PURPOSE OF THE STUDY.
To assess whether low-dose, short-term vitamin D supplementation in addition to standard treatment improved control of childhood asthma.
Eighty-nine Japanese schoolchildren ages 6–15 years who had a diagnosis of asthma based on GINA criteria and spirometry were randomly assigned to receive vitamin D (n = 54) or a placebo (n = 35). Ninety-four percent of subjects were using either an inhaled corticosteroid or a leukotriene receptor antagonist at baseline. The median vitamin D level at baseline was 29 ng/mL.
Collaborating pediatricians who examined the subjects at baseline, 2 months, and 6 months were blinded to vitamin D3 (800 IU/day) or placebo treatment throughout the study. Subjects were assessed for asthma control as the primary outcome by GINA guidelines at these time points. Adherence to treatment was evaluated. Levels of serum 25(OH)D, serum IgE, and selected allergen-specific IgE levels were measured.
At 2 months, asthma control by GINA guidelines was significantly improved in the vitamin D group compared with the placebo group (P = .015). Childhood asthma control test (CACT) scores (a secondary outcome) were similarly improved at 2 months (P = .004) and 6 months (P = .012) in the vitamin D group versus the placebo group. Fewer subjects in the vitamin D group (15%) had a peak expiratory flow rate of <80% compared with the placebo group (34%) at 6 months (P = .032).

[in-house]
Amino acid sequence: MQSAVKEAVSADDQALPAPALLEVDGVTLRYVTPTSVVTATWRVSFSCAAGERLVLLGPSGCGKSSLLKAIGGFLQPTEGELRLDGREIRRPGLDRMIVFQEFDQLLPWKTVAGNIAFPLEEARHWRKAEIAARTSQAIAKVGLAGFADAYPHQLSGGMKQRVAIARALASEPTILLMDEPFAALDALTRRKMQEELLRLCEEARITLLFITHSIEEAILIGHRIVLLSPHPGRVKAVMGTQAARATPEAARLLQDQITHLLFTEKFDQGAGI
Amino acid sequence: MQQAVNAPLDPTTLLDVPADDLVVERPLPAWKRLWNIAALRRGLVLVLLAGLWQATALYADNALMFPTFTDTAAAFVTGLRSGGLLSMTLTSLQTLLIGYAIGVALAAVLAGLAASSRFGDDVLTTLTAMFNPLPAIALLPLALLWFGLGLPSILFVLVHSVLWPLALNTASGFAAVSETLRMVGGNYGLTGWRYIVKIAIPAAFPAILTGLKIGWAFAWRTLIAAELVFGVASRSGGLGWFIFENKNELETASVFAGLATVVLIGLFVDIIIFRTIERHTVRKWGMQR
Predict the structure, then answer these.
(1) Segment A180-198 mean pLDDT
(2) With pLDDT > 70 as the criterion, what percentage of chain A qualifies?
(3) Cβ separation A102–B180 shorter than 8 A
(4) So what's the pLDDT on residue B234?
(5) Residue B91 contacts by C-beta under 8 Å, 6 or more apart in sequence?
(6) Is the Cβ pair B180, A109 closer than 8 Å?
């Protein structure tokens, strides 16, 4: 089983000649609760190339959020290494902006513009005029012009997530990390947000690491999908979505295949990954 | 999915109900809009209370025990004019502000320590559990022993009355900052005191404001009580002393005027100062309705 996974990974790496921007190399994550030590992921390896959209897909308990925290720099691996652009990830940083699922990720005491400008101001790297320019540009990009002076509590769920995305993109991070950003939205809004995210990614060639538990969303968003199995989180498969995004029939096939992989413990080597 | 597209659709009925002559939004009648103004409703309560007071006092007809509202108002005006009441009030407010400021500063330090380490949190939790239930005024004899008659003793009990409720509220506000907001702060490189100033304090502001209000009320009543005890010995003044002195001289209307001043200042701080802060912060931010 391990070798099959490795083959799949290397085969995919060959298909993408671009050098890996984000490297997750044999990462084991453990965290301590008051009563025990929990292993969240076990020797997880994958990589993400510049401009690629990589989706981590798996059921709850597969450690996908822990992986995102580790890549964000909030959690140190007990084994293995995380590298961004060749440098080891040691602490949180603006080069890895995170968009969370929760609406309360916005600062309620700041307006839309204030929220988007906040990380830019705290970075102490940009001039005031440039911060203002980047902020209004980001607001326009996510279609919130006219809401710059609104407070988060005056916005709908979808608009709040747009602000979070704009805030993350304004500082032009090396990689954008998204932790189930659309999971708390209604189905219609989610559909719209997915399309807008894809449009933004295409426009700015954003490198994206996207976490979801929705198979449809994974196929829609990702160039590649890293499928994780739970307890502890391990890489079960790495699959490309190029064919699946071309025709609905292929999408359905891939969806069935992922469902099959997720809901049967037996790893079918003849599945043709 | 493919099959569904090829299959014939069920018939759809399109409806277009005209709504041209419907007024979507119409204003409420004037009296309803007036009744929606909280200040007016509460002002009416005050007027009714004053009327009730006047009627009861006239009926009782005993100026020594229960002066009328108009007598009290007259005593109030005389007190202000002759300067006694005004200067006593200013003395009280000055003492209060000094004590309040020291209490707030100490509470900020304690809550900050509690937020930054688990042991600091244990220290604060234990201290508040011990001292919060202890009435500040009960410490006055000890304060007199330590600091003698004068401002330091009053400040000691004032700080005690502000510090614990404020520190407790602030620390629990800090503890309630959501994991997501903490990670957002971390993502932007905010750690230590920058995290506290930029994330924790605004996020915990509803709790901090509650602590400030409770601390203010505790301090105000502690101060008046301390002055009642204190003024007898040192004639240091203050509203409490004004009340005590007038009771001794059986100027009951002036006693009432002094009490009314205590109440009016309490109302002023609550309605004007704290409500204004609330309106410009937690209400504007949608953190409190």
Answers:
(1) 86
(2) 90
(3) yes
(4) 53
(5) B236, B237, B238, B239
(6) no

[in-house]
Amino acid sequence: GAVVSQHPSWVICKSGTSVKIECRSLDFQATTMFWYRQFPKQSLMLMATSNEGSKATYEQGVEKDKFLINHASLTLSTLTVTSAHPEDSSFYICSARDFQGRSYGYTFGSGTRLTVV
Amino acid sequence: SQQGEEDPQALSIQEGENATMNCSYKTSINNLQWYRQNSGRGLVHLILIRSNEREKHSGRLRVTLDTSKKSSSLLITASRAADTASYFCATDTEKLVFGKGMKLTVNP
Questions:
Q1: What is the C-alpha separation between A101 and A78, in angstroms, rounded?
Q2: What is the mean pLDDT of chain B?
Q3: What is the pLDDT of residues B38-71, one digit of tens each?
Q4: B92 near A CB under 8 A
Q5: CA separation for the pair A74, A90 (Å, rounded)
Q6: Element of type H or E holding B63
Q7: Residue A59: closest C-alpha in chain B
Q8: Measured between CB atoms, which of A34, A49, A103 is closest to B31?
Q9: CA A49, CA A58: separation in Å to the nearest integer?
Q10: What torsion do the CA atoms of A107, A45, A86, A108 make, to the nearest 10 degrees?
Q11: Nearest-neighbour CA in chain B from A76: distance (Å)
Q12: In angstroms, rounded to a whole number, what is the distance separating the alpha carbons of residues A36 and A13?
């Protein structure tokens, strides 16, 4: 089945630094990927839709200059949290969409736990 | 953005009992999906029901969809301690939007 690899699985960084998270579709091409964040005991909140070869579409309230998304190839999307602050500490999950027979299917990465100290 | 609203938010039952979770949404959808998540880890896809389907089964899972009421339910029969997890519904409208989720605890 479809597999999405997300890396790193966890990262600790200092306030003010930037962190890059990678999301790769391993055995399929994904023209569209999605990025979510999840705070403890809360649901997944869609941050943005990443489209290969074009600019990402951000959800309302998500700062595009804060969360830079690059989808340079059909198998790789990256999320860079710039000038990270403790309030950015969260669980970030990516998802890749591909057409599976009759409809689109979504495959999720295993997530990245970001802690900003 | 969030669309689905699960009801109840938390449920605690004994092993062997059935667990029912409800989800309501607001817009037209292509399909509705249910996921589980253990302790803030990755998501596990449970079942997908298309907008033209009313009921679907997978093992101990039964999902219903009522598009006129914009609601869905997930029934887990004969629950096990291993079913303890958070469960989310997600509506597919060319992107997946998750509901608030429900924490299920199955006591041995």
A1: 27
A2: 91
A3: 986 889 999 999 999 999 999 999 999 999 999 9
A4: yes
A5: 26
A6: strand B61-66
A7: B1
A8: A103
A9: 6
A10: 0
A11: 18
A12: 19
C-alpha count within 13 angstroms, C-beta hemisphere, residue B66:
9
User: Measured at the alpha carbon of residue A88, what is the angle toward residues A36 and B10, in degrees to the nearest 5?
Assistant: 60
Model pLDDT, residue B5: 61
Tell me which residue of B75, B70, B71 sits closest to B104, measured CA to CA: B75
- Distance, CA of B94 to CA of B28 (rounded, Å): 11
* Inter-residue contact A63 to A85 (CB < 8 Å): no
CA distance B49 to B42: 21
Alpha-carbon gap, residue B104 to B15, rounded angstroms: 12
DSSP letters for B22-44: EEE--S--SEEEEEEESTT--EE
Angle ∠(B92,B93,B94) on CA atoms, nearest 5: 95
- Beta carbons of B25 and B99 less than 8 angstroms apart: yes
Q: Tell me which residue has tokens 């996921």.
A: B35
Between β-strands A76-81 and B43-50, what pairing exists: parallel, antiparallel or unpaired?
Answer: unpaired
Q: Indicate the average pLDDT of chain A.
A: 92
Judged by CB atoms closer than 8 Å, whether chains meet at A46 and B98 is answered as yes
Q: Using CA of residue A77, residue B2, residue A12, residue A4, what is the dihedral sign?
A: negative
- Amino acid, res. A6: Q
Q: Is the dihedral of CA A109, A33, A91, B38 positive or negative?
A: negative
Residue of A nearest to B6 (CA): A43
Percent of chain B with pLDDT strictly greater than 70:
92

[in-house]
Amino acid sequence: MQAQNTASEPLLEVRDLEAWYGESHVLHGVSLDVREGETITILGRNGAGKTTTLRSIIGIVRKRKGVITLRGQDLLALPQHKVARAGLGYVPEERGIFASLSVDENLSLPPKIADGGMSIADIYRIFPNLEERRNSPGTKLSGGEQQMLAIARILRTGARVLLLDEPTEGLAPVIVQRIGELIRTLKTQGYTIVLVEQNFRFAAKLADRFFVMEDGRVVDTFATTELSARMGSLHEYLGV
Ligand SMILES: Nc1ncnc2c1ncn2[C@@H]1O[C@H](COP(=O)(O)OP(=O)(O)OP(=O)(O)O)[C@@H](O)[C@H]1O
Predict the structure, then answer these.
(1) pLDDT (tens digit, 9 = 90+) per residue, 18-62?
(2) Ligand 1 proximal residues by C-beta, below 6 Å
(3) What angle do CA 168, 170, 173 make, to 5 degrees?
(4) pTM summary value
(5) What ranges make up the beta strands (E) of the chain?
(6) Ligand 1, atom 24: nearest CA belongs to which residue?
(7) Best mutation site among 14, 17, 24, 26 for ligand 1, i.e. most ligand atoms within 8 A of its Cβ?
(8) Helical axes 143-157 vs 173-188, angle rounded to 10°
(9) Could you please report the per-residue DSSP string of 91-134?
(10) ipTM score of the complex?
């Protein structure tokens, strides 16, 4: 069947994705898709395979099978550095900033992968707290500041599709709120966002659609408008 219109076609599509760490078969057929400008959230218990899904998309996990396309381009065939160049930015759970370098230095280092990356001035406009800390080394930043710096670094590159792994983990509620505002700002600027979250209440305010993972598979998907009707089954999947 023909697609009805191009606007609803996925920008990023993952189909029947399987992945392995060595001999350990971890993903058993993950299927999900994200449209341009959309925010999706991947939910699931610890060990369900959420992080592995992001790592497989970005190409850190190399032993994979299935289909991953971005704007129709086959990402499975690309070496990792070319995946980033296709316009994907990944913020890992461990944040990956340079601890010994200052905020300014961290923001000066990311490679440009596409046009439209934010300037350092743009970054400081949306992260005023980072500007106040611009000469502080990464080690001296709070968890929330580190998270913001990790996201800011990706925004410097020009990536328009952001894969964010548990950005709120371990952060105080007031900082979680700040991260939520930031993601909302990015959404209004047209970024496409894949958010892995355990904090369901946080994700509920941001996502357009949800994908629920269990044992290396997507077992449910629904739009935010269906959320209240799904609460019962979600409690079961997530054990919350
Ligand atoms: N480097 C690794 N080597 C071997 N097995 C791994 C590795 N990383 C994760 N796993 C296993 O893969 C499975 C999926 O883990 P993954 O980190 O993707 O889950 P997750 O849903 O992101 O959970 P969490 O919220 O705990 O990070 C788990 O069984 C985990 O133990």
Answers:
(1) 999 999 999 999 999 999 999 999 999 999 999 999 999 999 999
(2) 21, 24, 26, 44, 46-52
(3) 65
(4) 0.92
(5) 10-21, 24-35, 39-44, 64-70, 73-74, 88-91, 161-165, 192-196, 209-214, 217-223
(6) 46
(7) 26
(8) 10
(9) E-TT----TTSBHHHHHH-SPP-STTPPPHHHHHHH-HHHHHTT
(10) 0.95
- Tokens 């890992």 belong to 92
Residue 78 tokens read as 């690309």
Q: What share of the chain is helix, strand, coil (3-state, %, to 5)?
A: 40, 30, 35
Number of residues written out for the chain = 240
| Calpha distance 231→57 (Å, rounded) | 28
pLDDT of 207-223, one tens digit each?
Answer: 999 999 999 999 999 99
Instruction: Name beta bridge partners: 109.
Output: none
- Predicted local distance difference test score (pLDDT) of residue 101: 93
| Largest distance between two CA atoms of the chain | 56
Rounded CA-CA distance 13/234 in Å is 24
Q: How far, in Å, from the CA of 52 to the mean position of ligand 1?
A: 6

Low-dose, short-term vitamin D supplementation in addition to standard treatment may improve levels of asthma control in schoolchildren.
There are contrasting studies in the area of vitamin D supplementation and asthma. The strengths/novelty of this study are as follows: (1) it is a randomized, double-blind, placebo-controlled trial; (2) it involves children who are on controller therapies; and (3) it includes subjects who are not as deficient in vitamin D as those in other studies. The results support further investigation in this area to examine different doses and durations of vitamin D supplementation and the potential seasonal benefit in controlling asthma.
- Copyright © 2017 by the American Academy of Pediatrics